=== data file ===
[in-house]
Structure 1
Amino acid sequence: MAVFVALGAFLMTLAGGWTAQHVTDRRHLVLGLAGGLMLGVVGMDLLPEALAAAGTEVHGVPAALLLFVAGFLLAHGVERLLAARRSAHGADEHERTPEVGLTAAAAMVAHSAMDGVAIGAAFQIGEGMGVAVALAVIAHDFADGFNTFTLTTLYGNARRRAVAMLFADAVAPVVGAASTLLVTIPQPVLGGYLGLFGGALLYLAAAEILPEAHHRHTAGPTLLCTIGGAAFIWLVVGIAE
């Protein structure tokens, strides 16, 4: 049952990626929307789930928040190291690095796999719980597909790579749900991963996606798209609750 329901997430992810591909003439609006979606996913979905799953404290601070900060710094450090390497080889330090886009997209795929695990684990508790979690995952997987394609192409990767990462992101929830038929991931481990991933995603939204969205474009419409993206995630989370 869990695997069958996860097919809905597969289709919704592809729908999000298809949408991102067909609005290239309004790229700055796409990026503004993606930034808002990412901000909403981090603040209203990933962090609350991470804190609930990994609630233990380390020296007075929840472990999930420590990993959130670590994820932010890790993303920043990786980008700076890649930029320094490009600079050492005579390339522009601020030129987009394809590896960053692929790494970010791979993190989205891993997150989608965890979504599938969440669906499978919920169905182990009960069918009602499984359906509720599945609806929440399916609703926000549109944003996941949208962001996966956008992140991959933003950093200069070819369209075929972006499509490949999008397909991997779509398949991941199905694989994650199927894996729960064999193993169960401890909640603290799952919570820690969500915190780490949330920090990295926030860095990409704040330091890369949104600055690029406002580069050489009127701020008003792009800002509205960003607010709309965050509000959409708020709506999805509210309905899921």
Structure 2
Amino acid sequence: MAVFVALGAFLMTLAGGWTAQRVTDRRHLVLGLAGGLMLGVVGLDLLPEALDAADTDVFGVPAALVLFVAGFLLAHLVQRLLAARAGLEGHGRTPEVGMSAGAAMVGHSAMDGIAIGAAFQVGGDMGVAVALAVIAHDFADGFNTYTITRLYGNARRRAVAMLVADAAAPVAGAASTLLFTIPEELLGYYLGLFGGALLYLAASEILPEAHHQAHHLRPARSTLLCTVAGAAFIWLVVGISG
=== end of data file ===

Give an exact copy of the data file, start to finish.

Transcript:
[in-house]
Structure 1
Amino acid sequence: MAVFVALGAFLMTLAGGWTAQHVTDRRHLVLGLAGGLMLGVVGMDLLPEALAAAGTEVHGVPAALLLFVAGFLLAHGVERLLAARRSAHGADEHERTPEVGLTAAAAMVAHSAMDGVAIGAAFQIGEGMGVAVALAVIAHDFADGFNTFTLTTLYGNARRRAVAMLFADAVAPVVGAASTLLVTIPQPVLGGYLGLFGGALLYLAAAEILPEAHHRHTAGPTLLCTIGGAAFIWLVVGIAE
């Protein structure tokens, strides 16, 4: 049952990626929307789930928040190291690095796999719980597909790579749900991963996606798209609750 329901997430992810591909003439609006979606996913979905799953404290601070900060710094450090390497080889330090886009997209795929695990684990508790979690995952997987394609192409990767990462992101929830038929991931481990991933995603939204969205474009419409993206995630989370 869990695997069958996860097919809905597969289709919704592809729908999000298809949408991102067909609005290239309004790229700055796409990026503004993606930034808002990412901000909403981090603040209203990933962090609350991470804190609930990994609630233990380390020296007075929840472990999930420590990993959130670590994820932010890790993303920043990786980008700076890649930029320094490009600079050492005579390339522009601020030129987009394809590896960053692929790494970010791979993190989205891993997150989608965890979504599938969440669906499978919920169905182990009960069918009602499984359906509720599945609806929440399916609703926000549109944003996941949208962001996966956008992140991959933003950093200069070819369209075929972006499509490949999008397909991997779509398949991941199905694989994650199927894996729960064999193993169960401890909640603290799952919570820690969500915190780490949330920090990295926030860095990409704040330091890369949104600055690029406002580069050489009127701020008003792009800002509205960003607010709309965050509000959409708020709506999805509210309905899921």
Structure 2
Amino acid sequence: MAVFVALGAFLMTLAGGWTAQRVTDRRHLVLGLAGGLMLGVVGLDLLPEALDAADTDVFGVPAALVLFVAGFLLAHLVQRLLAARAGLEGHGRTPEVGMSAGAAMVGHSAMDGIAIGAAFQVGGDMGVAVALAVIAHDFADGFNTYTITRLYGNARRRAVAMLVADAAAPVAGAASTLLFTIPEELLGYYLGLFGGALLYLAASEILPEAHHQAHHLRPARSTLLCTVAGAAFIWLVVGISG